I’m going to hear Alan Bean talk.
Alan Bean is one of the 12 men who have walked on the moon. Only nine of them are still alive.
I was looking on-line for an exhibition which I’d heard mentioned on the radio and couldn’t find it; instead I found that Alan Bean is talking to our local Astronomical Society in a school hall in a medium sized local town. I rang up and – yes – they still had tickets.
I am going to be in the same room as a man who has walked on the moon.
The moon landings are part of who I am and how I think – my mother made me watch them on television and then took me outside and pointed to the sky. “Look” she said, “That is where they are – so very far away.” She fell silent for a second. “I hope they are all right up there”, she added quietly. Lovell, Swigert and Haise of course, very nearly weren’t all right.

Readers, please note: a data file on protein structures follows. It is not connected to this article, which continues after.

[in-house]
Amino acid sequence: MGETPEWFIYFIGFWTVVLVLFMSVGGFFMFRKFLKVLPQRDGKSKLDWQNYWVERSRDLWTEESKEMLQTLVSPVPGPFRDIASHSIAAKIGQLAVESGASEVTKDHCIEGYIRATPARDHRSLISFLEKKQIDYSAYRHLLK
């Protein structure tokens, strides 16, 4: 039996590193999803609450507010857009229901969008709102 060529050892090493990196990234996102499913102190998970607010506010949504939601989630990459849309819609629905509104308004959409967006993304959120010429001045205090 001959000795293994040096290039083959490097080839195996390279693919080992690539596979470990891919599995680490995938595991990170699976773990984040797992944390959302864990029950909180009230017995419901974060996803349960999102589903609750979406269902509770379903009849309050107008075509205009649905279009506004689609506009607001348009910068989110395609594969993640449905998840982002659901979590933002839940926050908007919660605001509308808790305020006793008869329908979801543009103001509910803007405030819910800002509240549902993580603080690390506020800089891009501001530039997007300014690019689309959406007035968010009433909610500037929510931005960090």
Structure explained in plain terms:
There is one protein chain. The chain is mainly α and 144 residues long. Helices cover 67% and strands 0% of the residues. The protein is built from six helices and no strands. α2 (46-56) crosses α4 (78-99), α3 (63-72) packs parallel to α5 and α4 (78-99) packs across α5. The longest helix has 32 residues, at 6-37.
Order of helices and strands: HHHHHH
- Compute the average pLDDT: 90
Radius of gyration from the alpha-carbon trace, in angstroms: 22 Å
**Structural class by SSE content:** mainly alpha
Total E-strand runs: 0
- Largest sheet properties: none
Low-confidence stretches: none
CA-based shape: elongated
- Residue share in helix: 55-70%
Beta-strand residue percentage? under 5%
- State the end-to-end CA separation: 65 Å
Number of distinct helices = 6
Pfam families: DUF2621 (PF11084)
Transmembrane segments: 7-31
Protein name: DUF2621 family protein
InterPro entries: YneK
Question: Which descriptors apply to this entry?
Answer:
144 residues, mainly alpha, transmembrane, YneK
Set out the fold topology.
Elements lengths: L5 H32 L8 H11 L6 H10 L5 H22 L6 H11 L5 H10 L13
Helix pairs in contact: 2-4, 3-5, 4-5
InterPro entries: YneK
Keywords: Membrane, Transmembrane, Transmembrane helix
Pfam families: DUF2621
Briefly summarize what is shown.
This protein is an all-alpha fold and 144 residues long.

Bean walked on the moon for two days in 1969. He was 37 at the time. He was deeply affected by the experience and has spent many of the intervening 38 years creating paintings in which he strives to convey both something of the experience and meaning of being in space. The original paintings include grains of moon dust from his mission badges and are textured using his rock hammer.
When I heard I’d got a ticket to go and see him, I had trouble breathing. I have found it hard to concentrate all afternoon with the giddy excitement of it all.
The moon-walkers were two in a billion, and there are only nine of them left. One day fairly soon there will be one, and then there will be none.
They may be the only members our species to walk on another world; they may be the only creatures in the history of our planet to do so.
To be in the same room as one is a privilege beyond compare.